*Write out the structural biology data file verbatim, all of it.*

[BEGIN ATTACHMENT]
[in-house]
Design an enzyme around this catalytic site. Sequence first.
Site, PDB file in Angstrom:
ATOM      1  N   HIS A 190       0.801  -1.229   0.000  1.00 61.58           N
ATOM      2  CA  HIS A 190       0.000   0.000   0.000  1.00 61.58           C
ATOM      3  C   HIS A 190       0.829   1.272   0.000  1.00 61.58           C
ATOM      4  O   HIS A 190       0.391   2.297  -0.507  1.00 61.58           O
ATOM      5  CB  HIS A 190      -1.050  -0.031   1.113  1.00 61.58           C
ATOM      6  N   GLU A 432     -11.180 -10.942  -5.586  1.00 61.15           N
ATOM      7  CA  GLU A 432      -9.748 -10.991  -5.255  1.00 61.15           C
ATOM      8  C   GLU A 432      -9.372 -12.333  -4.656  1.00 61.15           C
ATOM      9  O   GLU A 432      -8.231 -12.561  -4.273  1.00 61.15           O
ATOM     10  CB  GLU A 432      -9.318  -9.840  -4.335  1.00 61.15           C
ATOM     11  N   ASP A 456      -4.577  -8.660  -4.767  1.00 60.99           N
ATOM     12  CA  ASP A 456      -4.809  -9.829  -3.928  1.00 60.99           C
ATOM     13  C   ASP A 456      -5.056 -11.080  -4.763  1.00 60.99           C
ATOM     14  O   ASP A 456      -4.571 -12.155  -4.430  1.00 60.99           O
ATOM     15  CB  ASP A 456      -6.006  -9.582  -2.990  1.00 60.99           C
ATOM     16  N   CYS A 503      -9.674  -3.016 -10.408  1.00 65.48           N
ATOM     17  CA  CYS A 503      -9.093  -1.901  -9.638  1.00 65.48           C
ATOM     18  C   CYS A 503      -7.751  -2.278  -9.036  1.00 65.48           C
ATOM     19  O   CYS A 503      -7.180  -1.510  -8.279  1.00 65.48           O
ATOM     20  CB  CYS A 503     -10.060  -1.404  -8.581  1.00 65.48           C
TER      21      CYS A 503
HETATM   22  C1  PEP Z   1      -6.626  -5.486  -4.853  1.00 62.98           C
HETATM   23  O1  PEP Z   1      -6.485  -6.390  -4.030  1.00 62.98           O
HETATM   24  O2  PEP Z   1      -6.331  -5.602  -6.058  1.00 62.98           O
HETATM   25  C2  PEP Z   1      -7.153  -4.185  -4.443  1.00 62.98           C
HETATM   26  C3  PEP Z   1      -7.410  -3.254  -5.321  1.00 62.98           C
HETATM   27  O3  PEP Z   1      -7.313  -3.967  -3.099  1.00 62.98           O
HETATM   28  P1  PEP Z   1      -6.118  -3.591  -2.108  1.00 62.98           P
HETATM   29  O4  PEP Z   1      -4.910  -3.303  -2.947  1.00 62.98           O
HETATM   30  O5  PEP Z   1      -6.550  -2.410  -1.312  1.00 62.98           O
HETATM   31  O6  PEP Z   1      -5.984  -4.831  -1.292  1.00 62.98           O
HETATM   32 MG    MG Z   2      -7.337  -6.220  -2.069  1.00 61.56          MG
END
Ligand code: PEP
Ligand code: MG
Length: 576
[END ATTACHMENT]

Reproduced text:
[in-house]
Design an enzyme around this catalytic site. Sequence first.
Site, PDB file in Angstrom:
ATOM      1  N   HIS A 190       0.801  -1.229   0.000  1.00 61.58           N
ATOM      2  CA  HIS A 190       0.000   0.000   0.000  1.00 61.58           C
ATOM      3  C   HIS A 190       0.829   1.272   0.000  1.00 61.58           C
ATOM      4  O   HIS A 190       0.391   2.297  -0.507  1.00 61.58           O
ATOM      5  CB  HIS A 190      -1.050  -0.031   1.113  1.00 61.58           C
ATOM      6  N   GLU A 432     -11.180 -10.942  -5.586  1.00 61.15           N
ATOM      7  CA  GLU A 432      -9.748 -10.991  -5.255  1.00 61.15           C
ATOM      8  C   GLU A 432      -9.372 -12.333  -4.656  1.00 61.15           C
ATOM      9  O   GLU A 432      -8.231 -12.561  -4.273  1.00 61.15           O
ATOM     10  CB  GLU A 432      -9.318  -9.840  -4.335  1.00 61.15           C
ATOM     11  N   ASP A 456      -4.577  -8.660  -4.767  1.00 60.99           N
ATOM     12  CA  ASP A 456      -4.809  -9.829  -3.928  1.00 60.99           C
ATOM     13  C   ASP A 456      -5.056 -11.080  -4.763  1.00 60.99           C
ATOM     14  O   ASP A 456      -4.571 -12.155  -4.430  1.00 60.99           O
ATOM     15  CB  ASP A 456      -6.006  -9.582  -2.990  1.00 60.99           C
ATOM     16  N   CYS A 503      -9.674  -3.016 -10.408  1.00 65.48           N
ATOM     17  CA  CYS A 503      -9.093  -1.901  -9.638  1.00 65.48           C
ATOM     18  C   CYS A 503      -7.751  -2.278  -9.036  1.00 65.48           C
ATOM     19  O   CYS A 503      -7.180  -1.510  -8.279  1.00 65.48           O
ATOM     20  CB  CYS A 503     -10.060  -1.404  -8.581  1.00 65.48           C
TER      21      CYS A 503
HETATM   22  C1  PEP Z   1      -6.626  -5.486  -4.853  1.00 62.98           C
HETATM   23  O1  PEP Z   1      -6.485  -6.390  -4.030  1.00 62.98           O
HETATM   24  O2  PEP Z   1      -6.331  -5.602  -6.058  1.00 62.98           O
HETATM   25  C2  PEP Z   1      -7.153  -4.185  -4.443  1.00 62.98           C
HETATM   26  C3  PEP Z   1      -7.410  -3.254  -5.321  1.00 62.98           C
HETATM   27  O3  PEP Z   1      -7.313  -3.967  -3.099  1.00 62.98           O
HETATM   28  P1  PEP Z   1      -6.118  -3.591  -2.108  1.00 62.98           P
HETATM   29  O4  PEP Z   1      -4.910  -3.303  -2.947  1.00 62.98           O
HETATM   30  O5  PEP Z   1      -6.550  -2.410  -1.312  1.00 62.98           O
HETATM   31  O6  PEP Z   1      -5.984  -4.831  -1.292  1.00 62.98           O
HETATM   32 MG    MG Z   2      -7.337  -6.220  -2.069  1.00 61.56          MG
END
Ligand code: PEP
Ligand code: MG
Length: 576